Directors of Tina Turner’s Documentary Are ‘Nervous’ About ‘Re-Traumatizing’ Singer

According to co-director T.J. Martin, the upcoming HBO documentary will explore the traume of abuse that Tina has experienced during her 16 years of marriage to late partner Ike Turner.

AceShowbizTina Turner‘s HBO documentary “Tina” will dwelve into the music icon’s life including her rise to fame as well as her abusive massiage to Ike Turner. According to co-director T.J. Martin, it will explore the traume of abuse that Tina has experienced.

The TV documentary will also give viewers insight into Ike’s brutal control over her personal and professional life. “I was living a life of death,” Tina says. She also admits to co-writer Kurt Loder for her autobiography, “It wasn’t a good life. The good did not balance the bad.”

“So much of her journey is a pursuit of her own identity and her own voice. There’s an overarching theme of ownership in the entire film,” co-director T.J. Martin tells USA TODAY. “It’s embarrassing that she’s not inducted as a solo artist. And after you know her story, it’s even more weird.”

He goes on to say of the singer, who is known for her signature sequins, voluminous hair and throaty growl, “Also, just in music terms, she’s infinitely more successful as a solo artist than she and Ike ever were. So it’s mind-boggling to not at least give her the recognition of what she achieved on her own.”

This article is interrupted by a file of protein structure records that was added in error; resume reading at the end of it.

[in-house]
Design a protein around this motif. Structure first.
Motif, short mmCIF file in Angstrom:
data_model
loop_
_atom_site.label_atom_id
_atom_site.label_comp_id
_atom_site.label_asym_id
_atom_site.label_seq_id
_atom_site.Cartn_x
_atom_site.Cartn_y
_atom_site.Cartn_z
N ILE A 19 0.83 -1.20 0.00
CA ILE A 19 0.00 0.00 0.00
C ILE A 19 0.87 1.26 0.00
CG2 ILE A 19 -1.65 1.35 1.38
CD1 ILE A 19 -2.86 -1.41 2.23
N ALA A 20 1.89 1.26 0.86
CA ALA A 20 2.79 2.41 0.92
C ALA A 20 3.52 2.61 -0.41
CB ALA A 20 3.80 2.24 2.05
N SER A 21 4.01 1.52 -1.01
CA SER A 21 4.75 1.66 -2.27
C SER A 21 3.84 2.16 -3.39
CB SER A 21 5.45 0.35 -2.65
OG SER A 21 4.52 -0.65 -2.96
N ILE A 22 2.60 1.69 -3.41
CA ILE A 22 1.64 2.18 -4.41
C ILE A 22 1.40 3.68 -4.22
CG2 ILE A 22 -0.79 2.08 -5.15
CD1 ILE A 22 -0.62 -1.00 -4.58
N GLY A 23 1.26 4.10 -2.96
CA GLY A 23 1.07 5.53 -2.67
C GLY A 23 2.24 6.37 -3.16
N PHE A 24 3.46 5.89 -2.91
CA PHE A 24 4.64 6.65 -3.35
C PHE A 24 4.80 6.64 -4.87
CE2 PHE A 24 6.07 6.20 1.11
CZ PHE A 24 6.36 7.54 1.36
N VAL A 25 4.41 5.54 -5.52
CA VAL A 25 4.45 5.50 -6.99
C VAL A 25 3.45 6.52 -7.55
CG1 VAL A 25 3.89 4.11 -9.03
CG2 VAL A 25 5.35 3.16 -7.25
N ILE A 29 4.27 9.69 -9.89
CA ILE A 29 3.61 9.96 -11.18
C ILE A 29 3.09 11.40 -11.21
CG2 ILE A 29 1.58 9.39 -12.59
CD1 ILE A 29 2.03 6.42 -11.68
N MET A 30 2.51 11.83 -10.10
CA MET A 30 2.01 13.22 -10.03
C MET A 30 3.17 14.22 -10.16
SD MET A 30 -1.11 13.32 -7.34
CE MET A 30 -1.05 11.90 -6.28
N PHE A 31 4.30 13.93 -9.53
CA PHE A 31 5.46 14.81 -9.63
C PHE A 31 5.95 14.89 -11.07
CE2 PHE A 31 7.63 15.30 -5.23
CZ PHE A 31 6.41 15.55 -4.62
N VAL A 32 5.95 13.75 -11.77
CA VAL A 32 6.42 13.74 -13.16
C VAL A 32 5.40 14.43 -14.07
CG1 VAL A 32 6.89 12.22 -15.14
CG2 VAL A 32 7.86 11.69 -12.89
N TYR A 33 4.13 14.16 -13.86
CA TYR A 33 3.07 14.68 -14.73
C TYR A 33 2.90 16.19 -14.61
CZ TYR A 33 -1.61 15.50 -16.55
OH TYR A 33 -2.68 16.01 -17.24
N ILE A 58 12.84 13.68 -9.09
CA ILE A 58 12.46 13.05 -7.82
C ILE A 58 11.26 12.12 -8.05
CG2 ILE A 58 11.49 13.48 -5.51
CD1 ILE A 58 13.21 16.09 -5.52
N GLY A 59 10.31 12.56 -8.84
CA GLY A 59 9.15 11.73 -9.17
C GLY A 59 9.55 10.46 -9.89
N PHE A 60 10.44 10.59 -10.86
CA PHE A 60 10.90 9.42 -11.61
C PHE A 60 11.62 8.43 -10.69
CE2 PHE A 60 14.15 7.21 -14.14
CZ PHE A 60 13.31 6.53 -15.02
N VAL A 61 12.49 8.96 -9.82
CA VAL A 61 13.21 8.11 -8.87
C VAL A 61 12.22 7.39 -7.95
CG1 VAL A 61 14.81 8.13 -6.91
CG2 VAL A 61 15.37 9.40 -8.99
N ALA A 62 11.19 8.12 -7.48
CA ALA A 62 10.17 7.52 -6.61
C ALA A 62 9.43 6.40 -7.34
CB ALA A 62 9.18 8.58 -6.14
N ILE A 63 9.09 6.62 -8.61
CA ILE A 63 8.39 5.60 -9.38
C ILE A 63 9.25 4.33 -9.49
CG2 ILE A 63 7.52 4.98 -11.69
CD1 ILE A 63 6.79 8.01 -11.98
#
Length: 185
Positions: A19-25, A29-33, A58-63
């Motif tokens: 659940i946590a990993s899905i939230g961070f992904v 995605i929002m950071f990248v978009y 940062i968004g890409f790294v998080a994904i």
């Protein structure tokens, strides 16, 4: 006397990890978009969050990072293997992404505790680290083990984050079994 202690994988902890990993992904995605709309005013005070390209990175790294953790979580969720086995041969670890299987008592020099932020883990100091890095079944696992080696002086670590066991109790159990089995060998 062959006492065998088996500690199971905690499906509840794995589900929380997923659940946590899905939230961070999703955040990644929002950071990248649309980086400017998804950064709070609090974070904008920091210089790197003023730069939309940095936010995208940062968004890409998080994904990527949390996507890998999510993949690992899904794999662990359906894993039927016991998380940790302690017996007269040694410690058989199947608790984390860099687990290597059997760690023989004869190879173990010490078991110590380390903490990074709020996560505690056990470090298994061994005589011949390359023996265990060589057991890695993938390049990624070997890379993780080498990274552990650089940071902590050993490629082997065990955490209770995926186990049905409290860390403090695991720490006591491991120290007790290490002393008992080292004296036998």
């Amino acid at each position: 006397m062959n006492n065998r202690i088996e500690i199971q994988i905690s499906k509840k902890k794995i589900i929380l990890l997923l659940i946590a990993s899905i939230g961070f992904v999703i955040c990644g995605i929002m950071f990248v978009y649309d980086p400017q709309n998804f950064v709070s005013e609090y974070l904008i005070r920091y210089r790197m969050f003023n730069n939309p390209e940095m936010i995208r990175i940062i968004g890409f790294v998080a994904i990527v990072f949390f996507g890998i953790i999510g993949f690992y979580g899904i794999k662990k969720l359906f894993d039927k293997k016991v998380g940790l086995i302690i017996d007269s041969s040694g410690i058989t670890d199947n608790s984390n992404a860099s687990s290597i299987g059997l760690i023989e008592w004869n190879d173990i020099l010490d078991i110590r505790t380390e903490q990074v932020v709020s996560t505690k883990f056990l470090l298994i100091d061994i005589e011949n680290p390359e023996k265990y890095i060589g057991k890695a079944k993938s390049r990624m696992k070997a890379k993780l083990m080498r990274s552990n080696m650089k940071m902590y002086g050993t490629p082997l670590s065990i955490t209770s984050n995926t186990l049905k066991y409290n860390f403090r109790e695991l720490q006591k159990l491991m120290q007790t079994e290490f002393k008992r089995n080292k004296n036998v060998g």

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As for co-director Dan Lindsay, Dan notes that there’s value “in people coming forward with their truth, to not only shine a light on certain aspects of our society, but also to help other survivors.” He adds, “But the other side of that, and the kind of paradox, is that by asking people who suffered this trauma to talk about it, you are inevitably retraumatizing them in some shape or form.”

The directors also admits in an interview that they’re worried that the flick will “re-traumatize” the singer. “We didn’t realize how much of her trauma at this stage in her life is still bubbling right underneath the surface. Because that doesn’t line up with the narrative of Tina Turner, and the notion of someone who had the strength and resilience to overcome her abuse. Instead, it is someone who is processing and choosing to survive every day. That discovery fundamentally shaped the direction of the film. For me, that’s the standout thing,” T.J. shares to Vanity Fair.

“During quarantine, they rented out a little screening room for her to watch the movie, and she changed the dates multiple times, which just made us even more nervous. But, eventually, she watched it, and it was reported back that she loved it. She enjoyed seeing the performances, and it was not as challenging to watch as she thought it might be. The note was that she said we’d gotten it right,” he continues.

“Tina” will premiere on Saturday, March 27 on HBO and HBO Max at 8 P.M. EST/PST.

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